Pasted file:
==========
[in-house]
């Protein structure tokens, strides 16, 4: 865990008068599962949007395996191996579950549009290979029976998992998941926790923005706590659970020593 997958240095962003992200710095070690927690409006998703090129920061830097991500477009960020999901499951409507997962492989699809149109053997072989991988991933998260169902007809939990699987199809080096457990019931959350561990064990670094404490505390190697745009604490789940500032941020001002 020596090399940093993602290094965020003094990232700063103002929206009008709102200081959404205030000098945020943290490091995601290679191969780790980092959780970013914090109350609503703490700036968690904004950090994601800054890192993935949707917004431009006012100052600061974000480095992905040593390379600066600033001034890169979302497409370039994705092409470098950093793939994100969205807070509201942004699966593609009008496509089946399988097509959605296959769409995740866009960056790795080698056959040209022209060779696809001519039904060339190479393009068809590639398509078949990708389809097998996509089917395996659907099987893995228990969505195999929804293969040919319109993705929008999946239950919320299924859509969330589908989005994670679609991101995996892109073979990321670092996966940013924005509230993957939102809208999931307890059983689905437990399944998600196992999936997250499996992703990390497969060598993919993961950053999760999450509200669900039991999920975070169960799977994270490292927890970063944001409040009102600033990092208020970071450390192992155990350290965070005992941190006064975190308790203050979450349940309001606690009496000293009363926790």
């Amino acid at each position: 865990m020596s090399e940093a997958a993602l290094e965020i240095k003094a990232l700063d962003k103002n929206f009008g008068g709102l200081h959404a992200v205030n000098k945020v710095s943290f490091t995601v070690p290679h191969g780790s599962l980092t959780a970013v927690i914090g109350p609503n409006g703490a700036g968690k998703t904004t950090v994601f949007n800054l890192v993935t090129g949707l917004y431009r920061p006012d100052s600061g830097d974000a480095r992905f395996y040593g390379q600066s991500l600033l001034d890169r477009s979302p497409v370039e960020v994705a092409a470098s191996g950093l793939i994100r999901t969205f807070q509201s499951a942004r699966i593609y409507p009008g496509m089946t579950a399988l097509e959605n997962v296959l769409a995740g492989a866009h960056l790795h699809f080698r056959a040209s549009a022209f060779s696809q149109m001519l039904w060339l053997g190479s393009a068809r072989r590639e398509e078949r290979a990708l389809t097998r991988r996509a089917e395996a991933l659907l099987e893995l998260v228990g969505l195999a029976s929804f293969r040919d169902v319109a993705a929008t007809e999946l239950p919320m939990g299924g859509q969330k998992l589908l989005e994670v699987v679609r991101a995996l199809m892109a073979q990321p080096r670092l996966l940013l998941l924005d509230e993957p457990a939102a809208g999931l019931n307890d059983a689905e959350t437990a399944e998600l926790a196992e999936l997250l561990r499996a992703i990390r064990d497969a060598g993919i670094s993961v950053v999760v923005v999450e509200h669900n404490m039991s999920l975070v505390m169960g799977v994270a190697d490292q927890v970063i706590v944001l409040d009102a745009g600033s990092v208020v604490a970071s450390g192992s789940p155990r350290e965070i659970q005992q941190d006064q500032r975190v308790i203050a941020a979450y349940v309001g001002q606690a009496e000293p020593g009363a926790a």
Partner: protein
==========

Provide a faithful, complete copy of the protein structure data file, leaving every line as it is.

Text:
[in-house]
């Protein structure tokens, strides 16, 4: 865990008068599962949007395996191996579950549009290979029976998992998941926790923005706590659970020593 997958240095962003992200710095070690927690409006998703090129920061830097991500477009960020999901499951409507997962492989699809149109053997072989991988991933998260169902007809939990699987199809080096457990019931959350561990064990670094404490505390190697745009604490789940500032941020001002 020596090399940093993602290094965020003094990232700063103002929206009008709102200081959404205030000098945020943290490091995601290679191969780790980092959780970013914090109350609503703490700036968690904004950090994601800054890192993935949707917004431009006012100052600061974000480095992905040593390379600066600033001034890169979302497409370039994705092409470098950093793939994100969205807070509201942004699966593609009008496509089946399988097509959605296959769409995740866009960056790795080698056959040209022209060779696809001519039904060339190479393009068809590639398509078949990708389809097998996509089917395996659907099987893995228990969505195999929804293969040919319109993705929008999946239950919320299924859509969330589908989005994670679609991101995996892109073979990321670092996966940013924005509230993957939102809208999931307890059983689905437990399944998600196992999936997250499996992703990390497969060598993919993961950053999760999450509200669900039991999920975070169960799977994270490292927890970063944001409040009102600033990092208020970071450390192992155990350290965070005992941190006064975190308790203050979450349940309001606690009496000293009363926790």
């Amino acid at each position: 865990m020596s090399e940093a997958a993602l290094e965020i240095k003094a990232l700063d962003k103002n929206f009008g008068g709102l200081h959404a992200v205030n000098k945020v710095s943290f490091t995601v070690p290679h191969g780790s599962l980092t959780a970013v927690i914090g109350p609503n409006g703490a700036g968690k998703t904004t950090v994601f949007n800054l890192v993935t090129g949707l917004y431009r920061p006012d100052s600061g830097d974000a480095r992905f395996y040593g390379q600066s991500l600033l001034d890169r477009s979302p497409v370039e960020v994705a092409a470098s191996g950093l793939i994100r999901t969205f807070q509201s499951a942004r699966i593609y409507p009008g496509m089946t579950a399988l097509e959605n997962v296959l769409a995740g492989a866009h960056l790795h699809f080698r056959a040209s549009a022209f060779s696809q149109m001519l039904w060339l053997g190479s393009a068809r072989r590639e398509e078949r290979a990708l389809t097998r991988r996509a089917e395996a991933l659907l099987e893995l998260v228990g969505l195999a029976s929804f293969r040919d169902v319109a993705a929008t007809e999946l239950p919320m939990g299924g859509q969330k998992l589908l989005e994670v699987v679609r991101a995996l199809m892109a073979q990321p080096r670092l996966l940013l998941l924005d509230e993957p457990a939102a809208g999931l019931n307890d059983a689905e959350t437990a399944e998600l926790a196992e999936l997250l561990r499996a992703i990390r064990d497969a060598g993919i670094s993961v950053v999760v923005v999450e509200h669900n404490m039991s999920l975070v505390m169960g799977v994270a190697d490292q927890v970063i706590v944001l409040d009102a745009g600033s990092v208020v604490a970071s450390g192992s789940p155990r350290e965070i659970q005992q941190d006064q500032r975190v308790i203050a941020a979450y349940v309001g001002q606690a009496e000293p020593g009363a926790a």
Partner: protein